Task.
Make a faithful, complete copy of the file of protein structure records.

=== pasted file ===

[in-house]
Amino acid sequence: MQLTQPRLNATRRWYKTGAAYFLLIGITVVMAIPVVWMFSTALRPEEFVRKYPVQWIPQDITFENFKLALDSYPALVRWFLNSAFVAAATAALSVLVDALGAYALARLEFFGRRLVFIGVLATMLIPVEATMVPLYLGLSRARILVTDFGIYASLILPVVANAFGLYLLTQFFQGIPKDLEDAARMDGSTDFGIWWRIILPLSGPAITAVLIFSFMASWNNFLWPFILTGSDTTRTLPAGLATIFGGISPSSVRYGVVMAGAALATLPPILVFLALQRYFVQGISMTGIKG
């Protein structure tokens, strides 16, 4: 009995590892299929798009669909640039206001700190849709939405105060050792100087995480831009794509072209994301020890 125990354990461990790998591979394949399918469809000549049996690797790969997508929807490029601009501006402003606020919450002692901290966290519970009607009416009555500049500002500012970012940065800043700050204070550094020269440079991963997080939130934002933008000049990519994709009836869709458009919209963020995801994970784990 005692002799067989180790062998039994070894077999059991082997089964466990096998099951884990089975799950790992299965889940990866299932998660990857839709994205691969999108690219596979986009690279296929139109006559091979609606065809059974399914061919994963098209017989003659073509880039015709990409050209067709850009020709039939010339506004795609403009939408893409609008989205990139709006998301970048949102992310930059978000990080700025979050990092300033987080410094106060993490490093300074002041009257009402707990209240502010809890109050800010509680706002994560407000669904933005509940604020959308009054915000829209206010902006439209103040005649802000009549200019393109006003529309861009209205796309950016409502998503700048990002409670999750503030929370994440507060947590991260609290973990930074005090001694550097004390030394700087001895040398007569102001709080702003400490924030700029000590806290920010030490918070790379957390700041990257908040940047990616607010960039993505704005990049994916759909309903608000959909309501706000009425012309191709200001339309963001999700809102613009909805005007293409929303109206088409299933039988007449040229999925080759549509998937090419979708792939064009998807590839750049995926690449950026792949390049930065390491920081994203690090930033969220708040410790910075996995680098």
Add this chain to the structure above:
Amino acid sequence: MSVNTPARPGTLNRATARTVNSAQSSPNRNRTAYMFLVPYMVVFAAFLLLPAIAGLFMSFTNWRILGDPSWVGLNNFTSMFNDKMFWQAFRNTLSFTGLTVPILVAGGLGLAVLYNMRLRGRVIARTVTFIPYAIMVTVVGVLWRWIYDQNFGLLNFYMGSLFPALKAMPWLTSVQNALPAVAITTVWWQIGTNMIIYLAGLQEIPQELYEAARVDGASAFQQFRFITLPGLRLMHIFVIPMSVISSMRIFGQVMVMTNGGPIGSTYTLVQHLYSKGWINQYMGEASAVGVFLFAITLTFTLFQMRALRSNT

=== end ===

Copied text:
[in-house]
Amino acid sequence: MQLTQPRLNATRRWYKTGAAYFLLIGITVVMAIPVVWMFSTALRPEEFVRKYPVQWIPQDITFENFKLALDSYPALVRWFLNSAFVAAATAALSVLVDALGAYALARLEFFGRRLVFIGVLATMLIPVEATMVPLYLGLSRARILVTDFGIYASLILPVVANAFGLYLLTQFFQGIPKDLEDAARMDGSTDFGIWWRIILPLSGPAITAVLIFSFMASWNNFLWPFILTGSDTTRTLPAGLATIFGGISPSSVRYGVVMAGAALATLPPILVFLALQRYFVQGISMTGIKG
């Protein structure tokens, strides 16, 4: 009995590892299929798009669909640039206001700190849709939405105060050792100087995480831009794509072209994301020890 125990354990461990790998591979394949399918469809000549049996690797790969997508929807490029601009501006402003606020919450002692901290966290519970009607009416009555500049500002500012970012940065800043700050204070550094020269440079991963997080939130934002933008000049990519994709009836869709458009919209963020995801994970784990 005692002799067989180790062998039994070894077999059991082997089964466990096998099951884990089975799950790992299965889940990866299932998660990857839709994205691969999108690219596979986009690279296929139109006559091979609606065809059974399914061919994963098209017989003659073509880039015709990409050209067709850009020709039939010339506004795609403009939408893409609008989205990139709006998301970048949102992310930059978000990080700025979050990092300033987080410094106060993490490093300074002041009257009402707990209240502010809890109050800010509680706002994560407000669904933005509940604020959308009054915000829209206010902006439209103040005649802000009549200019393109006003529309861009209205796309950016409502998503700048990002409670999750503030929370994440507060947590991260609290973990930074005090001694550097004390030394700087001895040398007569102001709080702003400490924030700029000590806290920010030490918070790379957390700041990257908040940047990616607010960039993505704005990049994916759909309903608000959909309501706000009425012309191709200001339309963001999700809102613009909805005007293409929303109206088409299933039988007449040229999925080759549509998937090419979708792939064009998807590839750049995926690449950026792949390049930065390491920081994203690090930033969220708040410790910075996995680098």
Add this chain to the structure above:
Amino acid sequence: MSVNTPARPGTLNRATARTVNSAQSSPNRNRTAYMFLVPYMVVFAAFLLLPAIAGLFMSFTNWRILGDPSWVGLNNFTSMFNDKMFWQAFRNTLSFTGLTVPILVAGGLGLAVLYNMRLRGRVIARTVTFIPYAIMVTVVGVLWRWIYDQNFGLLNFYMGSLFPALKAMPWLTSVQNALPAVAITTVWWQIGTNMIIYLAGLQEIPQELYEAARVDGASAFQQFRFITLPGLRLMHIFVIPMSVISSMRIFGQVMVMTNGGPIGSTYTLVQHLYSKGWINQYMGEASAVGVFLFAITLTFTLFQMRALRSNT